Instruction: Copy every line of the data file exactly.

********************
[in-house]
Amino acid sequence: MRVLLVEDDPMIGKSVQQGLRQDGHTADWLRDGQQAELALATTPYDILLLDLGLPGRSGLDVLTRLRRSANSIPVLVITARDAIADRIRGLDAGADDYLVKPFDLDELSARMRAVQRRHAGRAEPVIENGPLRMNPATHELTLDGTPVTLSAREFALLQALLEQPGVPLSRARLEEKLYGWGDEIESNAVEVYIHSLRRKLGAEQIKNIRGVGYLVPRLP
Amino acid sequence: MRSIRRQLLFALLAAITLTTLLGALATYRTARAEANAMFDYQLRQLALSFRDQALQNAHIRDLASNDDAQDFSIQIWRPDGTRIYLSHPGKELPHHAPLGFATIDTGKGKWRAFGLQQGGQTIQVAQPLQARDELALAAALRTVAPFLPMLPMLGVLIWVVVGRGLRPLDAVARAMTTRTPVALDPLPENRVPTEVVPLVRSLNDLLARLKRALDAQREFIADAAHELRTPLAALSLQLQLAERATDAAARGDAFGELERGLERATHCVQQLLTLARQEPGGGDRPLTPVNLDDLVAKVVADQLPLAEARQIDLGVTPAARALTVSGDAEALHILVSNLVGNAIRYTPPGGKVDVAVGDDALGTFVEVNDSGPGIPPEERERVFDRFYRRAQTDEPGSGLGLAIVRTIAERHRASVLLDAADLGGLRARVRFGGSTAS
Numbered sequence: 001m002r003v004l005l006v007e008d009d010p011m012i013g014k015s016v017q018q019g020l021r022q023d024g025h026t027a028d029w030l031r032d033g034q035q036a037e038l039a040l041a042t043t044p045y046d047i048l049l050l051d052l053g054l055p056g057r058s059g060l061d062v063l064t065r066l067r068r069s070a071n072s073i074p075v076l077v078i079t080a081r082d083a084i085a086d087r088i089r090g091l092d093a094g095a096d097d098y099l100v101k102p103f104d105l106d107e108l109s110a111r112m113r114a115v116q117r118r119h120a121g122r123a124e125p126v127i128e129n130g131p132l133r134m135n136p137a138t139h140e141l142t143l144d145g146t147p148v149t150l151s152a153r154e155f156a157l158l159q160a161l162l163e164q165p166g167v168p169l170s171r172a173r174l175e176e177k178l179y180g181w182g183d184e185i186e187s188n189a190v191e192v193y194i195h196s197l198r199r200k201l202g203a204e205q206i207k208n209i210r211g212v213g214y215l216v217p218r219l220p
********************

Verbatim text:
[in-house]
Amino acid sequence: MRVLLVEDDPMIGKSVQQGLRQDGHTADWLRDGQQAELALATTPYDILLLDLGLPGRSGLDVLTRLRRSANSIPVLVITARDAIADRIRGLDAGADDYLVKPFDLDELSARMRAVQRRHAGRAEPVIENGPLRMNPATHELTLDGTPVTLSAREFALLQALLEQPGVPLSRARLEEKLYGWGDEIESNAVEVYIHSLRRKLGAEQIKNIRGVGYLVPRLP
Amino acid sequence: MRSIRRQLLFALLAAITLTTLLGALATYRTARAEANAMFDYQLRQLALSFRDQALQNAHIRDLASNDDAQDFSIQIWRPDGTRIYLSHPGKELPHHAPLGFATIDTGKGKWRAFGLQQGGQTIQVAQPLQARDELALAAALRTVAPFLPMLPMLGVLIWVVVGRGLRPLDAVARAMTTRTPVALDPLPENRVPTEVVPLVRSLNDLLARLKRALDAQREFIADAAHELRTPLAALSLQLQLAERATDAAARGDAFGELERGLERATHCVQQLLTLARQEPGGGDRPLTPVNLDDLVAKVVADQLPLAEARQIDLGVTPAARALTVSGDAEALHILVSNLVGNAIRYTPPGGKVDVAVGDDALGTFVEVNDSGPGIPPEERERVFDRFYRRAQTDEPGSGLGLAIVRTIAERHRASVLLDAADLGGLRARVRFGGSTAS
Numbered sequence: 001m002r003v004l005l006v007e008d009d010p011m012i013g014k015s016v017q018q019g020l021r022q023d024g025h026t027a028d029w030l031r032d033g034q035q036a037e038l039a040l041a042t043t044p045y046d047i048l049l050l051d052l053g054l055p056g057r058s059g060l061d062v063l064t065r066l067r068r069s070a071n072s073i074p075v076l077v078i079t080a081r082d083a084i085a086d087r088i089r090g091l092d093a094g095a096d097d098y099l100v101k102p103f104d105l106d107e108l109s110a111r112m113r114a115v116q117r118r119h120a121g122r123a124e125p126v127i128e129n130g131p132l133r134m135n136p137a138t139h140e141l142t143l144d145g146t147p148v149t150l151s152a153r154e155f156a157l158l159q160a161l162l163e164q165p166g167v168p169l170s171r172a173r174l175e176e177k178l179y180g181w182g183d184e185i186e187s188n189a190v191e192v193y194i195h196s197l198r199r200k201l202g203a204e205q206i207k208n209i210r211g212v213g214y215l216v217p218r219l220p